Yeah I know the pedals are threaded differently. I only have an adjustable wrench and a set of Allen wrenches. I don't have a pedal wrench or a bike stand and the Allen wrench keeps slipping out. I'm just afraid to round off the pedal or screw up the Allen bolt hole. Rather just take it to a shop. I also don't have pedals and I'd like to ride Sunday
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Old 08-25-23, 04:20 PM
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I don't like using allen wrenches to undo something that is taking more force than it should. I've cracked the socket of some recessed allen set screws trying to get them out and the edge of the crack grabs the aluminum and it won't budge or you just round out the allen socket.

I wouldn't use a adjustable wrench either. If you don't have a open end wrench that will fit it, then take it to the bike shop. They might just loosen them for you in hopes you'll give them some future business. When I do stuff like that I usually buy something like a pair of socks, gloves, or something else.

Maybe give them a call first and just ask over the phone.
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Old 08-25-23, 04:31 PM
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The photos don't show anything of importance. IE how much seat post is showing (if the saddle is adjusted correctly for cycling shoes, not running shoes. And the stem length, yours looks like an 80 or 90 at best.) Back when those bikes ruled the world, it was not uncommon to run a 120 stem, which is much longer than what's on there now. Post some pics of JUST the bike AFTER the saddle has been adjusted for height and set back using cycling shoes. Then take some pics of you on it, (without baggy shorts). Barring all that, the answers here are going to just as accurate as the ones that come after "what happens after we die?" .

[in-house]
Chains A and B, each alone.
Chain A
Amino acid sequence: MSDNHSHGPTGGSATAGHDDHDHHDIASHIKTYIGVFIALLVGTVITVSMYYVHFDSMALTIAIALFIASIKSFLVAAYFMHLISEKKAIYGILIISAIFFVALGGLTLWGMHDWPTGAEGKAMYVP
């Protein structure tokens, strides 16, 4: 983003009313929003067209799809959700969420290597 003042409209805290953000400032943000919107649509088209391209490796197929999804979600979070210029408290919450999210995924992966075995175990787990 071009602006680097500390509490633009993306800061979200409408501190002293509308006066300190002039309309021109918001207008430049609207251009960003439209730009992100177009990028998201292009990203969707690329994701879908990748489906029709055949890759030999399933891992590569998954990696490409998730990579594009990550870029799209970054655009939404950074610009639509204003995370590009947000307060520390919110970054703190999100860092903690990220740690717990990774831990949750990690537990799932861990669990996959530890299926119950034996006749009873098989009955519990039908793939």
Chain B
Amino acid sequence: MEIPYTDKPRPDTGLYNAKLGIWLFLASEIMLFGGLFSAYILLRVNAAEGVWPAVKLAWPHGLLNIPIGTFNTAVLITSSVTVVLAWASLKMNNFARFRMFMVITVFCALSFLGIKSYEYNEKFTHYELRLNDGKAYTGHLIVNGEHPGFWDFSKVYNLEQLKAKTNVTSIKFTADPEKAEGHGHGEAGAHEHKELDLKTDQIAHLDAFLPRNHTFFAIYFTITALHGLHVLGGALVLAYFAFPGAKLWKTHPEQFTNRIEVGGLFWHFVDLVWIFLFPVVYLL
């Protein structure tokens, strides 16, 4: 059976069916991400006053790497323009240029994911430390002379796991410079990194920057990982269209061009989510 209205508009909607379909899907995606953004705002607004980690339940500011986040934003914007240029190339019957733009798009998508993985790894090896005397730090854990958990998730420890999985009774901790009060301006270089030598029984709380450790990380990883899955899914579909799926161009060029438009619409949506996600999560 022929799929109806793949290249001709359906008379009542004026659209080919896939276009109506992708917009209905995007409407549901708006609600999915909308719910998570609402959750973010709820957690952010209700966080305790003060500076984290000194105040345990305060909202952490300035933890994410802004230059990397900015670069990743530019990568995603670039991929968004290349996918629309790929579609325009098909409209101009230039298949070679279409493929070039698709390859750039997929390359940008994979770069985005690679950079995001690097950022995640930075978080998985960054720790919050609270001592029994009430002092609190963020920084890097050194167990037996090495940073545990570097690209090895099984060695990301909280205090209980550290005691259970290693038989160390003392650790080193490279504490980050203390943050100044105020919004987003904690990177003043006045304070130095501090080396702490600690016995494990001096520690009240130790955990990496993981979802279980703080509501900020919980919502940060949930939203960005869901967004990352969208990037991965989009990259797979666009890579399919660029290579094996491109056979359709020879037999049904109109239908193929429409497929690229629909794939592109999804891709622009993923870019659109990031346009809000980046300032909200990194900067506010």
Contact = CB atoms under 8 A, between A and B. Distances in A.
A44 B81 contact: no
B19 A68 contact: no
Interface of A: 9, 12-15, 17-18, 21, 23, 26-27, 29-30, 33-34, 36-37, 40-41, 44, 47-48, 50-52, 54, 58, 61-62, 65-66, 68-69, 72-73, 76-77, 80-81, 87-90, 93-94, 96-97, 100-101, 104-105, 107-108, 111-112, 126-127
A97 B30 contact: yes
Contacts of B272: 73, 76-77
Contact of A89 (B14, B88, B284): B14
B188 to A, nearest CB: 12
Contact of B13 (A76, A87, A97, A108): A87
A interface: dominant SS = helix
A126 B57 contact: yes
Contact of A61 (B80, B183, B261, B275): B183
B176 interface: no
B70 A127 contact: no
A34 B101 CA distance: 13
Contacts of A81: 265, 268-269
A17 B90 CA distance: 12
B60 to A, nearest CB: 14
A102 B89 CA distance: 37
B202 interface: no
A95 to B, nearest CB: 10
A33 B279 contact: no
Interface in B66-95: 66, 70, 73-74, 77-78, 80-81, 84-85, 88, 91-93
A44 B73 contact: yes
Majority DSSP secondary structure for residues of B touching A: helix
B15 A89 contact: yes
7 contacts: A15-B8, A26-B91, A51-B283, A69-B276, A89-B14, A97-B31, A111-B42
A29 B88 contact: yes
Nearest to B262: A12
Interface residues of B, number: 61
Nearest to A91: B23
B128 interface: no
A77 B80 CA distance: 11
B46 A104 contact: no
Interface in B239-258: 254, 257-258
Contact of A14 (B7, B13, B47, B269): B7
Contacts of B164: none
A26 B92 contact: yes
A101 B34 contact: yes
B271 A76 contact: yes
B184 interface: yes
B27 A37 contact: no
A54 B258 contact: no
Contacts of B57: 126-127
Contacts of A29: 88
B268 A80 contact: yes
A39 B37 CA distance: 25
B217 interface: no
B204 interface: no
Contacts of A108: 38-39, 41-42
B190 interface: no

You have a nice bike there, I'm just trying to make sure you give it a fair chance. I think it can be made to fit you like a glove.
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Old 08-25-23, 04:56 PM
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Looks a li'l small to me, but then, I'm from the French Fit school.
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Old 08-25-23, 05:10 PM
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That looks larger than a typical Center-to-Top 56cm. The stem is also on the short side 90-100mm. The handlebar shape tends to make the brake hoods low. Your saddle is too low by 2-4cm.

I would scoot your saddle back a bit for now and consider a longer stem and perhaps different bar in the future. It should be as wide as your shoulders and no wider. I think the frame size is fine.
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Old 08-25-23, 07:00 PM